Packed with hard red dirt overlooked by a faded scoreboard, Sierra Leone’s only cricket oval is worlds away from the lush, carefully grassed grounds typically associated with the game.
Muddy water pools around the edges of Kingtom Oval after a downpour, as a rag-tag group of young men, women, and children barely big enough to hold a bat, gather to warm up for cricket practice.
But first: The daily battle of chasing teams of footballers off the pitch, a sign the football-mad nation, which zealously follows teams in the English Premier League, is not yet bowled over by the growing success of its cricketers.
“The footballers are here every time we want to play. Look at them! They are playing football right now whilst we are playing cricket!” says national team player Emmanuel Pessima, who is also chairman of the Kenemmanjane cricket club.
With the glaring footballers relegated to the outskirts of the field, the cricketers unfurl a strip of grubby green astro turf, torn in places, along a long slab of cement which forms the pitch.
While any fielder would think twice before diving and sliding to stop a cricket ball on such unforgiving terrain, it is from here that Sierra Leone’s players have edged their way up in rankings on the African continent.
Cricket has a rich history in the west African nation, where it was introduced by the British in the late 19th century, and had a thriving club and schools league until war broke out in 1991.
Kingtom Oval was “well-grassed” in the 1980s, says Beresford Bournes-Coker, chairman of the Sierra Leone Cricket Association.
But during the devastating 11-year conflict which left 120,000 dead and thousands maimed by rebels, the field, which belongs to an adjacent police station, became home to hundreds of refugees looking for safety.
While cricket structures fell apart, the game did not die, and it was the country’s wildly popular U-10 Barracks League which “kept the momentum going”.
Mostly made of up of policemen’s children, the league has provided the majority of the country’s cricketers, many of whom in turn joined the force.
While the children’s games still whip up the most fervour, it is those who grew up during the war who became members of the under-19 team which in 2009 defied expectations to reach the Cricket World Cup qualifier in Canada.
But, in a massive blow to the team, they were refused visas to participate.
In 2010 Sierra Leone moved up to Africa’s Division Two, also that year winning an award from the African Cricket Association for the most improved cricketing standards on the continent.
“Sierra Leone is being branded as the Afghanistan of Africa – meaning that with nothing we’ve gone so far “
“Sierra Leone is being branded as the Afghanistan of Africa – meaning that with nothing we’ve gone so far,” says Bournes-Coker, referring to the war-torn Asian nation’s recent successes in international cricket.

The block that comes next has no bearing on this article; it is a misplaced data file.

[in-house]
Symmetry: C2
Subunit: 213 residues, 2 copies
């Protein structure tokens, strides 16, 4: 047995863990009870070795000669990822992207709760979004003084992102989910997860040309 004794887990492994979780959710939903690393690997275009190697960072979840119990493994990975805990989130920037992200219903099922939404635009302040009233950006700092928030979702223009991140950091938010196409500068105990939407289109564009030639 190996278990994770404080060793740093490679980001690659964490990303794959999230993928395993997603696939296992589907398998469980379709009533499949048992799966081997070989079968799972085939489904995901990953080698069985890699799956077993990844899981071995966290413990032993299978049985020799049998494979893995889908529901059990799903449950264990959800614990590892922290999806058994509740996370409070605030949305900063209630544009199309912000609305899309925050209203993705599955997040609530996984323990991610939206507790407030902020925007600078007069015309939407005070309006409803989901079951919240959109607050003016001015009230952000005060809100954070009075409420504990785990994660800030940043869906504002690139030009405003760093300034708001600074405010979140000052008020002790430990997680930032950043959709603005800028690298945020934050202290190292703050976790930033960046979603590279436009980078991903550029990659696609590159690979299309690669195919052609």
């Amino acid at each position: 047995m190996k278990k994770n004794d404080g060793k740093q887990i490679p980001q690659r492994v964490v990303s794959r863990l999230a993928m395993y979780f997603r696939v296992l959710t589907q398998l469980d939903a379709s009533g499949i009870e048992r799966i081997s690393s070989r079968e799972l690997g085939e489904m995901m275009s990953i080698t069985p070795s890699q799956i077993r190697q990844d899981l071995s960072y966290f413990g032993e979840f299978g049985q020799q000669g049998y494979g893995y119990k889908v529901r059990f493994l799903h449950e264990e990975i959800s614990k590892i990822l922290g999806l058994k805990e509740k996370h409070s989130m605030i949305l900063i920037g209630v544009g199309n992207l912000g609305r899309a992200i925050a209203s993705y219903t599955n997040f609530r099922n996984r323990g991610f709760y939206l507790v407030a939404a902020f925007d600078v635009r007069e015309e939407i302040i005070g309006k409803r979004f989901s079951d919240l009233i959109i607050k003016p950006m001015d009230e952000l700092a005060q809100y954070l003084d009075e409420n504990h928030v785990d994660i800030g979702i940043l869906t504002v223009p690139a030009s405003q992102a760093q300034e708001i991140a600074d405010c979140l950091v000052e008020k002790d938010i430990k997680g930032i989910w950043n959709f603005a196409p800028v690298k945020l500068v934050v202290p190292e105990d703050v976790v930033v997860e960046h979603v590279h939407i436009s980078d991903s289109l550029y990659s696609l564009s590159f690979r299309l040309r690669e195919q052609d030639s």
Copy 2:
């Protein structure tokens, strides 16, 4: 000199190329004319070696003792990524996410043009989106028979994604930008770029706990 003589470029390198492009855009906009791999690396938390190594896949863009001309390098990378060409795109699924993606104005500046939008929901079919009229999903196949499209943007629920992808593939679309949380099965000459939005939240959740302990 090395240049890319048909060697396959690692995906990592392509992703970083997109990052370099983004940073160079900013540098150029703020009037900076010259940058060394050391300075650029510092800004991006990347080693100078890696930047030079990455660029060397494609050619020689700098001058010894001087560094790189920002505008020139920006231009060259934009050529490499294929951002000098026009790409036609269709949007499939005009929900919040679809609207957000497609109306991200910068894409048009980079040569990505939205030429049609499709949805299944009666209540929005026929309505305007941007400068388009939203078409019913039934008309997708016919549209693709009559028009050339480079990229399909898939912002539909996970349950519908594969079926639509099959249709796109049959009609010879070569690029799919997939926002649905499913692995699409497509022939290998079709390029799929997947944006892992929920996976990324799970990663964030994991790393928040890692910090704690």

Sierra Leone hopes to bring the same fervour for the game seen in other parts of the continent to mostly francophone west Africa.
The country is trying to rope in Liberia, Guinea and Ivory Coast who have never played cricket and encourage them to join a regional tournament in Gambia in March 2013.
Cricket has never caught on amongst the French and its former colonies but this may slowly be changing with countries such as Mali playing organised cricket since 2005.
“For the east and southern African countries, they have lots of regional tournaments, which is why they perform better and it has been a learning curve for them and we must try to replicate the same in West Africa,” said Bournes-Coker.
Local sports journalists held a workshop recently to avoid being stumped by cricket jargon, where a “duck” is not an aquatic bird, a “bail” has nothing to do with being released from jail and players may yell out “Howzat?!” from time to time.
“Hopefully by 2014 we are looking for, with all the facilities and with the playing standard raised, we should be able to apply for an associate membership” of the International Cricket Council, which governs the sport, Bournes-Coker said.
He believes his players have the potential but lack the facilities.
Women’s cricket captain Ann-Marie Kamara, a fierce bowler with dark green eyeshadow, agrees.
“The cricket ground is pathetic because if you play on this bare ground you bruise… when you go to another man’s country you see the grass but here it’s just sand and if you fall you get yourself injured,” she said.
The Sierra Leone Cricket Association was recently granted a piece of land outside the capital by the government which they plan to develop into a cricket academy with two pitches.
It is also trying to use the game as a social tool to get boys off the street and into school, handing out scholarships and school materials as prizes at tournaments.
Equally important is instilling a love of the over 400-year old game and nurturing “great players rather than celebrities” chasing the golden ticket.
The players seem to be getting the message. When asked why she loves cricket, Ann-Marie replies without hesitation, deadpan: “It’s a gentleman’s game.”